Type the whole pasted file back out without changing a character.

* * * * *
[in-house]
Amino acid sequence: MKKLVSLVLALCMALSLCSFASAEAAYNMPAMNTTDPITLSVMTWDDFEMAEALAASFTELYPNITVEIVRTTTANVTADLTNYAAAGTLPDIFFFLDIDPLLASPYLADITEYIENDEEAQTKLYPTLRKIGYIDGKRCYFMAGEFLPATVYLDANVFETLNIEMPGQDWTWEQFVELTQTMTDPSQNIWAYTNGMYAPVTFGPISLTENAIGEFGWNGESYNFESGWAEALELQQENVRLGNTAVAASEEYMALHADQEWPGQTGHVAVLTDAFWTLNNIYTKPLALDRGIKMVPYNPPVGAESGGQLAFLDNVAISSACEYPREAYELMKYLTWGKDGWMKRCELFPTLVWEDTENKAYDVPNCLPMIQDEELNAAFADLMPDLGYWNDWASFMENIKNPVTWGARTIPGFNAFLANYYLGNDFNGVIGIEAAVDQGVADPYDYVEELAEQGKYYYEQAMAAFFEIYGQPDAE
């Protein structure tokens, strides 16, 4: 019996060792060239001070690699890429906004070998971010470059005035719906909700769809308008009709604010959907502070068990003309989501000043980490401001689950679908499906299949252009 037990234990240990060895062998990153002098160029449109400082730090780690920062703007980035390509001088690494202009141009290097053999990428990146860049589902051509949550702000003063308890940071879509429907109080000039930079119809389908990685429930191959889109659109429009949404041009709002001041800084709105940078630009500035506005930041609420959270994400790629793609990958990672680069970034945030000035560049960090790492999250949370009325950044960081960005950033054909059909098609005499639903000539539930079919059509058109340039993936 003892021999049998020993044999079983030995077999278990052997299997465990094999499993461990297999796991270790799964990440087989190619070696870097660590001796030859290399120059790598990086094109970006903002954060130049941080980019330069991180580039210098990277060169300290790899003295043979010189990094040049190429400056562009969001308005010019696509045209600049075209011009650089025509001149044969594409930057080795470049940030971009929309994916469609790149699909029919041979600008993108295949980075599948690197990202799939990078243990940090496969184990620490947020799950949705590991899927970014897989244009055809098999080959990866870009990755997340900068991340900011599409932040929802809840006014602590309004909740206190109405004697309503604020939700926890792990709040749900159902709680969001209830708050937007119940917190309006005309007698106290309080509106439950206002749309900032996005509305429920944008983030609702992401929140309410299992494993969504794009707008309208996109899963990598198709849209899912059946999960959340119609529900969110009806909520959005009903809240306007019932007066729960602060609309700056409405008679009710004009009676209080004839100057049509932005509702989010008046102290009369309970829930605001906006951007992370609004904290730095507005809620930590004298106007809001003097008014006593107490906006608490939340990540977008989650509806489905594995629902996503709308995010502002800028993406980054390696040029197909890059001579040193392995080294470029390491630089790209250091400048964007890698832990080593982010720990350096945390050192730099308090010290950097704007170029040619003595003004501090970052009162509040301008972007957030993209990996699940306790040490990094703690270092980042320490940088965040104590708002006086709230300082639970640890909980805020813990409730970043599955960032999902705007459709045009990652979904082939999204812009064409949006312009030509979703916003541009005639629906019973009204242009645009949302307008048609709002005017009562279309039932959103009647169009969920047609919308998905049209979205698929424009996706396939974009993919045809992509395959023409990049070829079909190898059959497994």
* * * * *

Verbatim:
[in-house]
Amino acid sequence: MKKLVSLVLALCMALSLCSFASAEAAYNMPAMNTTDPITLSVMTWDDFEMAEALAASFTELYPNITVEIVRTTTANVTADLTNYAAAGTLPDIFFFLDIDPLLASPYLADITEYIENDEEAQTKLYPTLRKIGYIDGKRCYFMAGEFLPATVYLDANVFETLNIEMPGQDWTWEQFVELTQTMTDPSQNIWAYTNGMYAPVTFGPISLTENAIGEFGWNGESYNFESGWAEALELQQENVRLGNTAVAASEEYMALHADQEWPGQTGHVAVLTDAFWTLNNIYTKPLALDRGIKMVPYNPPVGAESGGQLAFLDNVAISSACEYPREAYELMKYLTWGKDGWMKRCELFPTLVWEDTENKAYDVPNCLPMIQDEELNAAFADLMPDLGYWNDWASFMENIKNPVTWGARTIPGFNAFLANYYLGNDFNGVIGIEAAVDQGVADPYDYVEELAEQGKYYYEQAMAAFFEIYGQPDAE
């Protein structure tokens, strides 16, 4: 019996060792060239001070690699890429906004070998971010470059005035719906909700769809308008009709604010959907502070068990003309989501000043980490401001689950679908499906299949252009 037990234990240990060895062998990153002098160029449109400082730090780690920062703007980035390509001088690494202009141009290097053999990428990146860049589902051509949550702000003063308890940071879509429907109080000039930079119809389908990685429930191959889109659109429009949404041009709002001041800084709105940078630009500035506005930041609420959270994400790629793609990958990672680069970034945030000035560049960090790492999250949370009325950044960081960005950033054909059909098609005499639903000539539930079919059509058109340039993936 003892021999049998020993044999079983030995077999278990052997299997465990094999499993461990297999796991270790799964990440087989190619070696870097660590001796030859290399120059790598990086094109970006903002954060130049941080980019330069991180580039210098990277060169300290790899003295043979010189990094040049190429400056562009969001308005010019696509045209600049075209011009650089025509001149044969594409930057080795470049940030971009929309994916469609790149699909029919041979600008993108295949980075599948690197990202799939990078243990940090496969184990620490947020799950949705590991899927970014897989244009055809098999080959990866870009990755997340900068991340900011599409932040929802809840006014602590309004909740206190109405004697309503604020939700926890792990709040749900159902709680969001209830708050937007119940917190309006005309007698106290309080509106439950206002749309900032996005509305429920944008983030609702992401929140309410299992494993969504794009707008309208996109899963990598198709849209899912059946999960959340119609529900969110009806909520959005009903809240306007019932007066729960602060609309700056409405008679009710004009009676209080004839100057049509932005509702989010008046102290009369309970829930605001906006951007992370609004904290730095507005809620930590004298106007809001003097008014006593107490906006608490939340990540977008989650509806489905594995629902996503709308995010502002800028993406980054390696040029197909890059001579040193392995080294470029390491630089790209250091400048964007890698832990080593982010720990350096945390050192730099308090010290950097704007170029040619003595003004501090970052009162509040301008972007957030993209990996699940306790040490990094703690270092980042320490940088965040104590708002006086709230300082639970640890909980805020813990409730970043599955960032999902705007459709045009990652979904082939999204812009064409949006312009030509979703916003541009005639629906019973009204242009645009949302307008048609709002005017009562279309039932959103009647169009969920047609919308998905049209979205698929424009996706396939974009993919045809992509395959023409990049070829079909190898059959497994």